Vintage Kellogg’s was not the only example of vintage licensing on show – vintage is in a way another word for classic in licensing terms. Companies have recognised that classic licences are good additions to their portfolio offering them longevity, good artwork resources and also access to consumer groups who have disposable income and reasons to buy.

From my own portfolio I was delighted to see ‘vintage’ experts Half Moon Bay launch a range based on DC Thomson’s Classic Comics such as The Hotspur and Rover. We worked with them to select images such as football, cricket, motorsports and trains which would hold appeal to a range of retailers including museums and visitor attractions: recognising that retail opportunities come in a variety of formats. Another good example of ‘vintage’ products were Lagoon Games’ range of Vintage Ladybird products, which has been expanded to include more kits such as a Cookie Baking kit.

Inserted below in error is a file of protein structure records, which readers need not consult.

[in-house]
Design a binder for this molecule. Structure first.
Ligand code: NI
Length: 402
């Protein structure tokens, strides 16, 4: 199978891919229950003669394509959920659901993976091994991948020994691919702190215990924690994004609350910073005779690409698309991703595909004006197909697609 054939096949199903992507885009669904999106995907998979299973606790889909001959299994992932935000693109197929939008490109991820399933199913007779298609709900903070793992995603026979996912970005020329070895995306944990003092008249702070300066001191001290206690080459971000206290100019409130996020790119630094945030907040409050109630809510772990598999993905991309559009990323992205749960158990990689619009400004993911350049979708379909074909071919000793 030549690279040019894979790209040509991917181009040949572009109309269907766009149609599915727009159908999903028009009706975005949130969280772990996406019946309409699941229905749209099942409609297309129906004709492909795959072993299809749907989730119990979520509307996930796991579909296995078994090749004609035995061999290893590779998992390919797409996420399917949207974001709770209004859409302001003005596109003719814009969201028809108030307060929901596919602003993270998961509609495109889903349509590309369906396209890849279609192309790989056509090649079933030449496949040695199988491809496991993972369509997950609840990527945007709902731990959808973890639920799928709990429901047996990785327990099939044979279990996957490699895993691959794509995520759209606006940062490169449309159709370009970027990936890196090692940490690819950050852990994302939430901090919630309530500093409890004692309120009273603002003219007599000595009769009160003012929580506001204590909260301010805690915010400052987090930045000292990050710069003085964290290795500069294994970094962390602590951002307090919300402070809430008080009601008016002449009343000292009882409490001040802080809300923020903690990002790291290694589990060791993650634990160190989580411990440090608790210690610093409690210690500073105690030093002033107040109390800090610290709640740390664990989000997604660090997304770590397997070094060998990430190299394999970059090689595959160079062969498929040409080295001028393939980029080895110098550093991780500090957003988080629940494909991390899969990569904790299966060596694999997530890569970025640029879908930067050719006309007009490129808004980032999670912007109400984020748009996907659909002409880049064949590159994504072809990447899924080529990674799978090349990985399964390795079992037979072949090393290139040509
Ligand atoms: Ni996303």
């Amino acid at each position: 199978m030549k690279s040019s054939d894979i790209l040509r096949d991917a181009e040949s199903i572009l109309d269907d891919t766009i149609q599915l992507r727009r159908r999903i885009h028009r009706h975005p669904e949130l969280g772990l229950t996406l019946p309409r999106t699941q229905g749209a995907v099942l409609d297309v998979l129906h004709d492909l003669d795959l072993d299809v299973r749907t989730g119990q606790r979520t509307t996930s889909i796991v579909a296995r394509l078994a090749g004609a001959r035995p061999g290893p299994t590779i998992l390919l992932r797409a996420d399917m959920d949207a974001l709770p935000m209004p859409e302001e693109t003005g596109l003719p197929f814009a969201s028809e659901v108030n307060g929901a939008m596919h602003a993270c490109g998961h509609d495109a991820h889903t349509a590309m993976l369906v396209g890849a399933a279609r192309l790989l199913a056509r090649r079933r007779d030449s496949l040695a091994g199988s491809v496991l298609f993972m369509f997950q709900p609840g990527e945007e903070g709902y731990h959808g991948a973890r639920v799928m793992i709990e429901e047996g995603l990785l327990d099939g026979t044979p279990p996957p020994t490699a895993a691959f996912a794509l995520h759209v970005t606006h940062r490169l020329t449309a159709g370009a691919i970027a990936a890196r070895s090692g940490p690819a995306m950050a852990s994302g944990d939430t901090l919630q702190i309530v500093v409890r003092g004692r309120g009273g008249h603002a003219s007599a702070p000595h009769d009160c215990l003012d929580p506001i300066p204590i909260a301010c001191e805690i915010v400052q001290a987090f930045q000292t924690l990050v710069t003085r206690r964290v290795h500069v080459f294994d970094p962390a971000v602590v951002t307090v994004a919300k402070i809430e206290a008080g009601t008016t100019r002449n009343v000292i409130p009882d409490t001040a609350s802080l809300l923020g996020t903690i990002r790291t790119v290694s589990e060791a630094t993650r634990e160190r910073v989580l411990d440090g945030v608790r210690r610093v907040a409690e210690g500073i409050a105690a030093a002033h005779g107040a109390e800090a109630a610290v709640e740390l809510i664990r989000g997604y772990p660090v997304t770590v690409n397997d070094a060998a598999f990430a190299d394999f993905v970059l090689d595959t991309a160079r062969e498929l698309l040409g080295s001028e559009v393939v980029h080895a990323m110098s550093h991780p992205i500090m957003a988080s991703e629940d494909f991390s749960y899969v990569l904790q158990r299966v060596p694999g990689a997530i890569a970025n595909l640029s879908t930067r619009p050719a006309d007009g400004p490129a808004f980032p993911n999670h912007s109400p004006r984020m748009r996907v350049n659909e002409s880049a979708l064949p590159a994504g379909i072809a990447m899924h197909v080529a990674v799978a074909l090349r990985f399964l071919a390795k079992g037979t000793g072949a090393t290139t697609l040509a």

Personalised products was another recurring trend. Within this sector, licensing can offer a genuine point of design difference, creating the opportunity to develop unique product offerings and in the digital marketing age also creating some significant marketing opportunities allowing the licensees to target and engage consumer groups efficiently based on the dynamics of the property.

A good example of this was the Personalised Memento Company’s launch of a personalised product range using The Snowman and The Snowdog. They have used the license to maximum effect including developing a range of personalised dog bowls featuring the Snowdog.


The show also provides confirmation that licensing opportunities come from a range of sources and providers.